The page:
My obsession with adapting my love of baking with my newly discovered wheat intolerance (from Fructose Malabsorption) has met my burgeoning writing career! I have embarked on the first of a series of articles on Fructose Malabsorption! YAY!
I love it when passions meet!
My latest foray into wheatless baking was trying to adapt a recipe for Chocolate Chiffon Cake. What is distinctive about a chiffon is that it uses a lot of eggs, usually 5 to 7. They are separated and the yolks are mixed with the flour, and the white are beaten to a stiff meringue with the sugar, then the two components are folded together into a batter. This kind of cake uses the air in the meringue as the leavening, and the egg structure holds the air inside. I was hoping this type of cake would be better suited to a gluten-free flour blend (better than my last attempt – see my prior entry).
Also, many gluten-free bakers has spoken about problems with wheat-free breads and cakes not cooking in the middle. Chiffon cakes are traditionally baked in a tube pan, so I hoped that would also work in my favour.
As you can see, it didn’t fall – though the cracking indicates to me that it needed a lower oven.
I had obeyed the directions in the recipe for a 350F oven (yes I have an oven thermometre), but changing the flour must have an impact.
Here is the finished, frosted cake:
The texture is alright – a little too rubbery/tough, but not bad. As a matter of course, I had added xanthan gum to the wheatless flour blend and I don’t think it was necessary. Xanthan gum is meant to replace the gluten structure and help hold the air in the cake, but I should’ve realized it wasn’t necessary with all those eggs. Next time I’ll omit it.
The batter was not well blended as you can see. I didn’t have any Cream of Tartar – which is standard in most chiffon cakes – so I had to google a recipe without it. The recipe I used instructed melting the chocolate in a saucepan WITH a half cup of hot water! By the time the choc was melted the water had evaporated. As a result, by the time the choc was mixed with the yolks and the flour is was very dry and crumbly. I didn’t know if that was normal for this recipe or if the water wasn’t supposed to have gone…I ended up putting a little more water in to make the mixturee lighter, but trying to fold into the meringue was virtually impossible, even after lightening the mixture with a few heaping spoons of meringue.
The flours I used were rice flour, chickpea flour and tapioca starch/flour. The chickpea flour gave it that “stringbean” smell that chickpea flour seems to give everything. Gotta switch it for a different flour.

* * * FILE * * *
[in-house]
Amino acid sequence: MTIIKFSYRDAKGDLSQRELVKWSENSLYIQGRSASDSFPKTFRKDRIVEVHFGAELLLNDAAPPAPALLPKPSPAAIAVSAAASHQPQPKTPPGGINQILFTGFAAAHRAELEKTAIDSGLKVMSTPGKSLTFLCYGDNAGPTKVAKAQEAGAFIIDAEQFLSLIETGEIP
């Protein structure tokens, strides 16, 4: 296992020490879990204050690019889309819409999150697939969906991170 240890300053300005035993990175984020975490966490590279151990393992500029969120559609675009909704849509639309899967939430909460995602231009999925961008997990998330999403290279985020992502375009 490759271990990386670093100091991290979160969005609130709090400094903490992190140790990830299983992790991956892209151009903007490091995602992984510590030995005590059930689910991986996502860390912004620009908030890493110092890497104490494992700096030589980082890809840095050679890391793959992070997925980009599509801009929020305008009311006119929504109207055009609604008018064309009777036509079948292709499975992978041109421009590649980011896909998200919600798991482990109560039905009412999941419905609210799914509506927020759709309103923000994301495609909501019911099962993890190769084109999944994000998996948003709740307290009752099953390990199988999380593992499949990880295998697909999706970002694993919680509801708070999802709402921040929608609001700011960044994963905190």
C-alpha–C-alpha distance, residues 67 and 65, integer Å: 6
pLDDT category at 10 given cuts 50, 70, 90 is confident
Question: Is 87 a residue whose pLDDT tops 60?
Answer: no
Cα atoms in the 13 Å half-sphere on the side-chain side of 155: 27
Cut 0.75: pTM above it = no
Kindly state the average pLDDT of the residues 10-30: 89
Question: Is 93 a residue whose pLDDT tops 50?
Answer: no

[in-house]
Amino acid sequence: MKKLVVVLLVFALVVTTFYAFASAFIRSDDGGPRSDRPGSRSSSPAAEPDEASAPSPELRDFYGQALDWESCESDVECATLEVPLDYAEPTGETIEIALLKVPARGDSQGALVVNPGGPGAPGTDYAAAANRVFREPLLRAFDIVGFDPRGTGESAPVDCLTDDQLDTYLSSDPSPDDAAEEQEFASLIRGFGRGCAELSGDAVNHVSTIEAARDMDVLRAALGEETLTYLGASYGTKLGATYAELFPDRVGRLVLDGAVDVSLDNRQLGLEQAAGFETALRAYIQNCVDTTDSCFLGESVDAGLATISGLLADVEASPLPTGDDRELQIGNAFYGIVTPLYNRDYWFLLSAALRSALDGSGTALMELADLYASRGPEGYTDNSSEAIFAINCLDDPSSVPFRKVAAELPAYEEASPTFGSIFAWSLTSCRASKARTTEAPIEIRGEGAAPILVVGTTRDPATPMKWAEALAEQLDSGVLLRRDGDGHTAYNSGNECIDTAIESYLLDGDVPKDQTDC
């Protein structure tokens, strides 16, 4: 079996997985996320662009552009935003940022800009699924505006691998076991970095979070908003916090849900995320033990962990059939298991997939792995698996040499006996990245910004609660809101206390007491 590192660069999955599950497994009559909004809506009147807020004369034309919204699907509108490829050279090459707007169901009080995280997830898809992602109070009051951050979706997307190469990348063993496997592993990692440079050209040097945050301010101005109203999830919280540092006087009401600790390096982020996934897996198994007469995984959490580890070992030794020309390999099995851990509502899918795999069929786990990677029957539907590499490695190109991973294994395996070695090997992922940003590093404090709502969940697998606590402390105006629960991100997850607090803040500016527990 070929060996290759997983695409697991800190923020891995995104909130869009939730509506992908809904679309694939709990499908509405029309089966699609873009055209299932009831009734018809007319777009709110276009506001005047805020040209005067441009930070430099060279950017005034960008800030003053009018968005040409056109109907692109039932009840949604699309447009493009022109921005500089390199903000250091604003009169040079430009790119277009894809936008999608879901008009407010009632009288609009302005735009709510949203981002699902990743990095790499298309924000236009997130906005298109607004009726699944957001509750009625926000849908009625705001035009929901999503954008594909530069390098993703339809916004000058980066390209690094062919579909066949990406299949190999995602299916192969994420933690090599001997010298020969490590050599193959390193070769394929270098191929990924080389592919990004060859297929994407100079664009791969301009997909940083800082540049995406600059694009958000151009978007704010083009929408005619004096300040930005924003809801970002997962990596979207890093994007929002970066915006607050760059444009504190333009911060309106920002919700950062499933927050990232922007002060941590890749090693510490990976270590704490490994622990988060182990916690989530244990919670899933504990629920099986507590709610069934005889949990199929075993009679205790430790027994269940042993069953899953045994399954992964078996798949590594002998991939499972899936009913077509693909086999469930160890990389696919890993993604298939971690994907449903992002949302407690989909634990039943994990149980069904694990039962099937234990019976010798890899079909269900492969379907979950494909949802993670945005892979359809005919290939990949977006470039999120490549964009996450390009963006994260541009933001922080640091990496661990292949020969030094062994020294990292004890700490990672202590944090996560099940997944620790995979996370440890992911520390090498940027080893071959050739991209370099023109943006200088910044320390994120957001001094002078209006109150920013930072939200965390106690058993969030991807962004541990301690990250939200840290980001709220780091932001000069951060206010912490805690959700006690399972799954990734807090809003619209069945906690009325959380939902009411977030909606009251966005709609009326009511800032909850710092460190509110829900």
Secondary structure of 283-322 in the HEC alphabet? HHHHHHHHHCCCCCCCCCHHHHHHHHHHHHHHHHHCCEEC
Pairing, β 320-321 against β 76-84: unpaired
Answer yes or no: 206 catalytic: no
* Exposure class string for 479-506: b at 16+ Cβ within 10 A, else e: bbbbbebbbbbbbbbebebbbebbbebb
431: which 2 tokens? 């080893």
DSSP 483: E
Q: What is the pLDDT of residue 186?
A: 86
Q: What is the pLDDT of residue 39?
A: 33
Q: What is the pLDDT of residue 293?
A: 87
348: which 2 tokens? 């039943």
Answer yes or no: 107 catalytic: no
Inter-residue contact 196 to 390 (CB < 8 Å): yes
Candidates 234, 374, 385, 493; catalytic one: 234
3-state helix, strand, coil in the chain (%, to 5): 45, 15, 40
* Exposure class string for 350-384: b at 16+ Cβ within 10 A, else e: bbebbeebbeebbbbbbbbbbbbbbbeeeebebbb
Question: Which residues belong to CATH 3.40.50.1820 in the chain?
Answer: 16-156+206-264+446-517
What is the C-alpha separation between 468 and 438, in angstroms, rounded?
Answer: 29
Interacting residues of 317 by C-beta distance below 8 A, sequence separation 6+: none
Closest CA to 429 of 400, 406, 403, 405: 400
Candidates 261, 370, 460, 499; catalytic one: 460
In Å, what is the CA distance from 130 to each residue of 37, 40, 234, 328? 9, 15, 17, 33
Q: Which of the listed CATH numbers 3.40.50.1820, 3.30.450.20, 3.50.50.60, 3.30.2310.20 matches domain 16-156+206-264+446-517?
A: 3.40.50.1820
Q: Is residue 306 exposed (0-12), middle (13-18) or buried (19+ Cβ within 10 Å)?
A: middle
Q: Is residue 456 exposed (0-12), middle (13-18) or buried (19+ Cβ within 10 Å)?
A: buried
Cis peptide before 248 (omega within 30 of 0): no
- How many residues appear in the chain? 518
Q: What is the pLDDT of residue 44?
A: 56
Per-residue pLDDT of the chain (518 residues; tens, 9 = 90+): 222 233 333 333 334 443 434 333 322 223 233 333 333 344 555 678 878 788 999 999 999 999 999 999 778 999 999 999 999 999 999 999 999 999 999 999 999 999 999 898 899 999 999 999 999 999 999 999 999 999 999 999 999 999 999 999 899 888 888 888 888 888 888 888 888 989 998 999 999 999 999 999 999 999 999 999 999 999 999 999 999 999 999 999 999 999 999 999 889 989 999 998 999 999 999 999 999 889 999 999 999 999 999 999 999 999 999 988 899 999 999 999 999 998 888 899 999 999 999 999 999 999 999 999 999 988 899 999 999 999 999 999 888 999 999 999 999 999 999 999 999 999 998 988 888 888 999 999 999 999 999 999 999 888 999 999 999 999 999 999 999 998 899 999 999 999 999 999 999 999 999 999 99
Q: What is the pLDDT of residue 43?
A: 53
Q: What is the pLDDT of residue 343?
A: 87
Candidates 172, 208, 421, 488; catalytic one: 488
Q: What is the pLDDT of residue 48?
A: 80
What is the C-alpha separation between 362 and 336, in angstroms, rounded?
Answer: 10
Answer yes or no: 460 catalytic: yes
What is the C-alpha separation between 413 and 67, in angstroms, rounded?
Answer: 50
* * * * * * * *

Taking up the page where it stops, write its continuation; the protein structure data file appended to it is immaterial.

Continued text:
All in all, the cake was okay – the frosting saves it – but next time I will use potato starch/flour instead of chickpea, and use a familiar Cream of Tarter recipe that I know will blend well….and turn down the oven to 325F.
As I have FructMal, sucrose (table sugar/brown sugar/icing or confectioner’s sugar) must only be used in moderation. The more I can switch to dextrose (glucose) or even stevia, the better. The problem is, dextrose is only about a third as sweet as sugar – but almost the same calories.
This frosting is PERFECT for dextrose as the texture and chocolatiness is great, it’s very easy to make, but – to my palate anyway – sickeningly sweet when made as directed with confectioner’s (icing) sugar.
I substituted half the required sugar for dextrose and it was still much too sweet – so next time I’m making it entirely with dextrose and it will taste rich insead of sweet. I got this recipe from Yahoo Answers, so I am posting it here under it’s original name, though modified with dextrose:
Please note: measurements are in American Cups.
Kahala’s Fluffy Chocolate Frosting – Dextrose Redux
1/2c softened butter
2/3c cocoa powder
3 1/2c dextrose
1/3 + c whole milk
1 tsp vanilla
1/4 tsp salt
Mix butter, cocoa & sugar in medium bowl. Slowly add milk and vanilla. Add extra milk by the tablespoonful as need (while still beating) to attain desired texture. *Be conservative! It doesn’t take much milk to radically change the texture of this frosting,
This recipe makes a lot of frosting. I frosted my chiffon cake and only used about half. You could frost quite a large cake, even between layers with this recipe.
Well, now I’m off to write and pick up cream of tartar (and sorghum flour for my flatbread baking!).